Accessibility In Trouble 2: StandardsTuesday, October 03, 2006
The web accessibility community is in deep trouble. Its a train-wreck waiting to happen. Unfortunately when the collision eventually happens, disabled people lose out. Its time to get web accessibility back on track. Take it back from the zealots with their own private agendas and grudges. (This is part of my series on Accessibility in Trouble).
Standards facilitate communication
Web standards is a colloquial term used to refer to the W3C's Recommendations, particularly HTML, CSS, DOM, and WCAG 1.0. By using these recommendations as the basis for building websites, we rely on a default non-vendor-specific platform. And we expect, encourage, insist that user-agent vendors also support this standard.
When following web standards, we have to accept the W3C specifications as a major cornerstone of the work web produce. It is the basis of features we take for granted:
- structured and semantic markup,
- separation of content and presentation,
- progressive enhancement or graceful degradation,
- consistent and defined results in user agents.
We cannot just ignore parts of those specifications we don't agree with. Imagine someone saying they fully support web standards and at the same time say that validation is unimportant - that's crazy talk. It's a conflict in the spirit of what web standards is about - we give vendors no leeway, and we need to hold ourselves to that same expectation.
Rejecting the fundamentals
And yet, accessibility 'experts' refuse to accept that web accessibility - a core part of the web standards toolbox - is primarily about people with disabilities. It says so right in the recommendation itself. And yet, there are 'experts' who are committed to web standards who reject the fundamental basis of WCAG.
I solidly agree with Tommy on this one. Accessibility should be about giving all people access to information, regardless of any disabilities they might have and regardless of which device they are using to access the information.
And there lies the problem - if these 'experts' cannot agree on a fundamental basis for a recommendation, what signal is that sending about web standards? Web standards depend on the fundamentals being accepted, and its limitations understood. HTML is not a solution for world peace, WCAG is not a solution for universality.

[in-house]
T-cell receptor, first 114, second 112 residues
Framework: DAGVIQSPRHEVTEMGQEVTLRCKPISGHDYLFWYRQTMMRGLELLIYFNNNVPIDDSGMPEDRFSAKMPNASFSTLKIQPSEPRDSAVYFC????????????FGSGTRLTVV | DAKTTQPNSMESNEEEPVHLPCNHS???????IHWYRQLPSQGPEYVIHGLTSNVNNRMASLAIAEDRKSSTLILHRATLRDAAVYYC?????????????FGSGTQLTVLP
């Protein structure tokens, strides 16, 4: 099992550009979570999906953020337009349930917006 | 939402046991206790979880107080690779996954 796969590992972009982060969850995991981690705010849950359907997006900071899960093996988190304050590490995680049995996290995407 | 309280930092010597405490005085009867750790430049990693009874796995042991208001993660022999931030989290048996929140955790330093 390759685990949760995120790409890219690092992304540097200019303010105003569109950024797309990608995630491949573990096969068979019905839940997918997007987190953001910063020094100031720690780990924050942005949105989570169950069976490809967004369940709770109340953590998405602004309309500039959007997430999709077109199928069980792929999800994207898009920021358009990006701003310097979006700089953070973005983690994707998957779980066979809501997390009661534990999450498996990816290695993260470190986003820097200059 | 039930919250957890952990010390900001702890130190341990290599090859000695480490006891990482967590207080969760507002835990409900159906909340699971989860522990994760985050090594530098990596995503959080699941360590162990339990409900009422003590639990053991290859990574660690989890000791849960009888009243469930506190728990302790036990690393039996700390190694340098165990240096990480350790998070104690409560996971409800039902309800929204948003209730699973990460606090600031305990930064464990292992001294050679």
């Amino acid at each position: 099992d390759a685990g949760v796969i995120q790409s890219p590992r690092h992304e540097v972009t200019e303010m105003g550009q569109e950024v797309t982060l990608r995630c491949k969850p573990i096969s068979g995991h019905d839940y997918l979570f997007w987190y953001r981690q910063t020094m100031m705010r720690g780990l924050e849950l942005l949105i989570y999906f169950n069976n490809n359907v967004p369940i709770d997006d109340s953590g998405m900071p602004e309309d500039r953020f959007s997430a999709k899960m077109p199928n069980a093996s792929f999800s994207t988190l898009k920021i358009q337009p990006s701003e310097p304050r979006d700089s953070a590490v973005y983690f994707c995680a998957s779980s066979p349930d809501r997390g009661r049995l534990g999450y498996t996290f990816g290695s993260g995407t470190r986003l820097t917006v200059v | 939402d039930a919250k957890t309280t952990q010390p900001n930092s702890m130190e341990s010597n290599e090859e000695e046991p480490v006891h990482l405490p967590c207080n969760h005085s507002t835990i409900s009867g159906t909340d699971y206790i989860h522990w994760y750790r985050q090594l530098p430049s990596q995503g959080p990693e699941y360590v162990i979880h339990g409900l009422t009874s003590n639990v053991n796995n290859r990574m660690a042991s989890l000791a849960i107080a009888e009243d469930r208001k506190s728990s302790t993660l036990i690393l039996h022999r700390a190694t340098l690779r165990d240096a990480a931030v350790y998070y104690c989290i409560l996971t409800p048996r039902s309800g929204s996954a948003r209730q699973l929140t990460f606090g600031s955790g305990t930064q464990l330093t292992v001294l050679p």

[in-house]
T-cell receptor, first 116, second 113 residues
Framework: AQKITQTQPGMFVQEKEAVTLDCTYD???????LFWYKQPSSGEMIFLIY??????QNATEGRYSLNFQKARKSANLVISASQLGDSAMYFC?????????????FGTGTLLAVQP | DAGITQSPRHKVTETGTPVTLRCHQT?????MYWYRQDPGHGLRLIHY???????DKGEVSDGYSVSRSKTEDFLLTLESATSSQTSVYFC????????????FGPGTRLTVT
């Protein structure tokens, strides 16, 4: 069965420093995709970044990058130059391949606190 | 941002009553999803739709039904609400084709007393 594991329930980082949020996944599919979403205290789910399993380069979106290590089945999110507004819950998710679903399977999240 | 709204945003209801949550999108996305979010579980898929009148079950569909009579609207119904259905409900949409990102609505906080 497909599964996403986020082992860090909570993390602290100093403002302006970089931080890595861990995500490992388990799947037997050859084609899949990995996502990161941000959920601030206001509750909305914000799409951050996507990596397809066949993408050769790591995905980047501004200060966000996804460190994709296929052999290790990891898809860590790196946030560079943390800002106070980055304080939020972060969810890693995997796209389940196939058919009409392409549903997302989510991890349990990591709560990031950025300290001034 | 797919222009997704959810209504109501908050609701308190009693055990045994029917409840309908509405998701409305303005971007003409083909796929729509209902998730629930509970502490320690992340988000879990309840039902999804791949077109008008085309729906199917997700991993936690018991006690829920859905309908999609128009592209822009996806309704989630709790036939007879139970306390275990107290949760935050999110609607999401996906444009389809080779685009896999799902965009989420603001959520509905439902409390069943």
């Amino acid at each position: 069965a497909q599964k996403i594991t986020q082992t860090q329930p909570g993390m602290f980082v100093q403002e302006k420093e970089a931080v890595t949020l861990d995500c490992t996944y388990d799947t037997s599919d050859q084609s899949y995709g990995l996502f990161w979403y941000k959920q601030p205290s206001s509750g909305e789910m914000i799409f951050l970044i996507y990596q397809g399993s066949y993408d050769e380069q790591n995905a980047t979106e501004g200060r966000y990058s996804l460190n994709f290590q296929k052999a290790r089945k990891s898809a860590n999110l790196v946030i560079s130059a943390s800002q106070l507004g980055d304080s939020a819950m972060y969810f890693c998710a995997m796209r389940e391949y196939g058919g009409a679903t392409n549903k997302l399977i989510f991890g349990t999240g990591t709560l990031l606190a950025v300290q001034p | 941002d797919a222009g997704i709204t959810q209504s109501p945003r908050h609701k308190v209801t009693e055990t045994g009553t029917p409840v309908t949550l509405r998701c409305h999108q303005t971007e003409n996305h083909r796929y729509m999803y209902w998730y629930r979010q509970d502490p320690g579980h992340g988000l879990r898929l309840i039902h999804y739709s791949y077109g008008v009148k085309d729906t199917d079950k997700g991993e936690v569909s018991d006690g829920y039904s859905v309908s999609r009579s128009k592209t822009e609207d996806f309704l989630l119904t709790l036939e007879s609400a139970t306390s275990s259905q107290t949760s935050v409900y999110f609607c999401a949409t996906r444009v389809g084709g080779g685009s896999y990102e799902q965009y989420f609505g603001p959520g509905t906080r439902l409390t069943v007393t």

The authors thus describe the purpose of WAI's guidelines, and what meaning they assign to the concept of accessibility. As far as I know, though, they have not been given a universal right to limit the meaning of common words that are used in much wider contexts. They only explain what they mean by accessibility in their work.
These so-called experts go on and claim it is their 'opinion' that accessibility should be taken in its dictionary meaning, and how dare the W3C take a word and redefine its usage:
If the WAI or people on their behalf wish to hijack the word accessibility in all matters web then that doesn't sit so well with me. They don't cover everything required in my book to make a site accessible, and the criteria is to the widest possible audience. This is not a technical issue, it's a gramatical one. Accessibility is not a technical term, WCAG / WAI etc. are and as such they should be used in the appropriate places. Also and this is where it falls down rather, accessibility is a subjective term - WAI / WCAG should be objective.
And yet, in the arena of W3C specifications, taking words and giving them a specific technical meaning is part and parcel of establishing a technical vocabulary for humans working together. Validation, ontology, schema, vocabulary, relational, relative, pixel - just a few words that have been redefined, or refined by the W3C. To deny the W3C specific meaning is to deny the fundamental basis of web standards.
By denying the recommendation definition is to deny the recommendation. Denying the technical vocabulary is denying the basis of web standards, and denying basis of effective communication.
Zealots, however intentioned, are endangering web standards, and endangering effective communication.